There are some plants that are tricky to propagate but stevia isn't one of them! Stevia rebaudiana is an herb used as a substitute sweetener for sugar. It isn't reliably hardy here in Tennessee even though I did have a plant come back one year. Since then I've kept a plant in a pot to bring indoors for the winter. I've tried to grow stevia from seed but had a lot of difficulty in getting good germination which is why I turn to cuttings. Taking a cutting of stevia is as simple as it can be. I trim a stem or branch just above a set of leaves, leave two leaves on the top of the cutting and stick the bottom end of the cutting in moist sand. Rooting hormone is not necessary.
I kept the cuttings moist for about 3-4 weeks and found the root system to be very well developed at that point. It's covered in sand in the picture which I don't ever worry about removing. I potted this cutting and a second one in 4" pots to grow a little larger.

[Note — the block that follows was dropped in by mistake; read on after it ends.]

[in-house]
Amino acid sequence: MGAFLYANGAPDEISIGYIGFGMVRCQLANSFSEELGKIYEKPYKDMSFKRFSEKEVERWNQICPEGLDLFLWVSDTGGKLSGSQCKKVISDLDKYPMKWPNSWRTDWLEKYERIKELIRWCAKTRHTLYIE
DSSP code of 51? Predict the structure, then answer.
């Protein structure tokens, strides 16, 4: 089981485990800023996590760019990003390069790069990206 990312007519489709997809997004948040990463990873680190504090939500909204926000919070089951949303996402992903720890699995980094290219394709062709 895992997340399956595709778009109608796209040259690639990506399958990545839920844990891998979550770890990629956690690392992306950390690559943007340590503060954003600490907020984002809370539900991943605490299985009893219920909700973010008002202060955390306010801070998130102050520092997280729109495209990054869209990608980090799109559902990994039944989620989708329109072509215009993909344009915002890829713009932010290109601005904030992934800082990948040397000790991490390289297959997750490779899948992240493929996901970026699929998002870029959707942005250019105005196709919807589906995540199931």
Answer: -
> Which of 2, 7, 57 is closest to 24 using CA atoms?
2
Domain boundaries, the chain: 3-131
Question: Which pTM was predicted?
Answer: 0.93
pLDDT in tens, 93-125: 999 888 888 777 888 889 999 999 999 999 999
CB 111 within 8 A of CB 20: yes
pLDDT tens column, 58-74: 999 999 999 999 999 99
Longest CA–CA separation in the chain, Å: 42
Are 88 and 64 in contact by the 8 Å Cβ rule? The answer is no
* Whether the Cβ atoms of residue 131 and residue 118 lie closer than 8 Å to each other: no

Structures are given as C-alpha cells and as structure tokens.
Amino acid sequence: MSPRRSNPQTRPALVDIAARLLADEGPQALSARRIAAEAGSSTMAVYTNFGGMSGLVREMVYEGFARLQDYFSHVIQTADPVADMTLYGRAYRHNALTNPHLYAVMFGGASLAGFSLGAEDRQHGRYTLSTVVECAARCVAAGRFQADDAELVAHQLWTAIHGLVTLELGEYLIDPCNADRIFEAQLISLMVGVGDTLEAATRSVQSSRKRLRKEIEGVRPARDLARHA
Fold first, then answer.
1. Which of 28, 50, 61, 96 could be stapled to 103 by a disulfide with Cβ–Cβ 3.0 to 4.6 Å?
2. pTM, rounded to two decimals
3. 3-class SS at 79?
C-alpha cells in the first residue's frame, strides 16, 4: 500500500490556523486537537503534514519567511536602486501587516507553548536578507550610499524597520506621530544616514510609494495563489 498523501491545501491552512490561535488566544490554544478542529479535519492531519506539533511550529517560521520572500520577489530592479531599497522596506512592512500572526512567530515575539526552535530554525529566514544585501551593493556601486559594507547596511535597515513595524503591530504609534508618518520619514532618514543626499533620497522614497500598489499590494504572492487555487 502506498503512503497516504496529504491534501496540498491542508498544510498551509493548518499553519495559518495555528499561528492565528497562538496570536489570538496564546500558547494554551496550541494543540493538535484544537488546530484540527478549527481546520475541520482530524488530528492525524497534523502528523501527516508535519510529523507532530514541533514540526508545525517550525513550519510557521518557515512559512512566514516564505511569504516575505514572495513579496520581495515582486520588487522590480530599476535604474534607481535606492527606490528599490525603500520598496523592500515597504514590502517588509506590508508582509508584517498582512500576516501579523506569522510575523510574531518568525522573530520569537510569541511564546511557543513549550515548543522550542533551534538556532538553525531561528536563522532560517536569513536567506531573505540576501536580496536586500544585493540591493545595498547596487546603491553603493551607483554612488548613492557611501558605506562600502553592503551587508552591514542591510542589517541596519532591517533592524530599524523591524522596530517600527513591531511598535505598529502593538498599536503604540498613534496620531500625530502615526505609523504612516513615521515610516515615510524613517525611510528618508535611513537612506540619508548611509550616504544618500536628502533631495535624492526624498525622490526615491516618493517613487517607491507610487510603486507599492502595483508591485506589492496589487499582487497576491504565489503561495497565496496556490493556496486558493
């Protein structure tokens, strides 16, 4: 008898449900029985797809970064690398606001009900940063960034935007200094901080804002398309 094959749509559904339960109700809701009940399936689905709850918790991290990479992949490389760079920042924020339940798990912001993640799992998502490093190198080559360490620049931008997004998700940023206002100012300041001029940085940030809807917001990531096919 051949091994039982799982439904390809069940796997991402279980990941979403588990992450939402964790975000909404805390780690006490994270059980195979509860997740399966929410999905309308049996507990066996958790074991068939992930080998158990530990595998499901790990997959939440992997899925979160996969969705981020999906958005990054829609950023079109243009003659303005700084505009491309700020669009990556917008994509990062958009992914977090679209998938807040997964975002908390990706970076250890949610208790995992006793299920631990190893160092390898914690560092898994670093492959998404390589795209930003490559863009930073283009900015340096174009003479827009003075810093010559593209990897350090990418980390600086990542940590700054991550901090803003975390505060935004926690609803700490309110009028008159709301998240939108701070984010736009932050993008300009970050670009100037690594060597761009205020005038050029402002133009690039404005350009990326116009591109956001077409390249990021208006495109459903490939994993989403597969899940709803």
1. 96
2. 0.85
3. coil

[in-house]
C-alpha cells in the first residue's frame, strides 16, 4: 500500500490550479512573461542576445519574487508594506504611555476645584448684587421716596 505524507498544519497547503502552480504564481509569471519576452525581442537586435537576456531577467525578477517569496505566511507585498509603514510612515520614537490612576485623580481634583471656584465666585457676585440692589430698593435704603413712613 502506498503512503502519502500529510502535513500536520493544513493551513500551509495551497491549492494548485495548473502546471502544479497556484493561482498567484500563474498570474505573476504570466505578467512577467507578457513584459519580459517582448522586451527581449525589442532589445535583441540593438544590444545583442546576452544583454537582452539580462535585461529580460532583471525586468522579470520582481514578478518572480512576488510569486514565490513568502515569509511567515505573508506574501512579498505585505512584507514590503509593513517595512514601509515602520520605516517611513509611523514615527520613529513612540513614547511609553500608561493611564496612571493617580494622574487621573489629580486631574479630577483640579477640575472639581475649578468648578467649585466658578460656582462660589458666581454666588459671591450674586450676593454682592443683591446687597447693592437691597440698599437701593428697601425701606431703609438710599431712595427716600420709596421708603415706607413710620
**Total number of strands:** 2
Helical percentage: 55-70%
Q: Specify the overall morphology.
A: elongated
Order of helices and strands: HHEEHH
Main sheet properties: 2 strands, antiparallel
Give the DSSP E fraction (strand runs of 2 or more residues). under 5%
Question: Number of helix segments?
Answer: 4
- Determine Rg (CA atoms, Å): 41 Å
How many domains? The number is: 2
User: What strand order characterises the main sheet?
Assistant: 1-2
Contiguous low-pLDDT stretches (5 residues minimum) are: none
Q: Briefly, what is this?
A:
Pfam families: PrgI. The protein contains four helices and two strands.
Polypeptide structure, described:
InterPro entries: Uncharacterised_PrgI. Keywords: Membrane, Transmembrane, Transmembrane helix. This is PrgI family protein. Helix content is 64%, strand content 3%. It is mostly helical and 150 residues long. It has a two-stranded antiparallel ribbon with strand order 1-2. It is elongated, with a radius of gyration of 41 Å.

I kept my cuttings under a fluorescent light, nothing fancy just your typical shop light, and a heat mat. The heat mat helps keep the temperatures consistent in the spring. It's set at around 70 degrees.
We don't use stevia a lot around here but some people like use it as a substitute for sugar. On occasion we'll mix it with fresh mint and use it in tea. It is sweet to the taste but does tend to have a slight bitter flavor to it. I'm propagating these for the local farmer's market.
Labels: herbs, plant propagation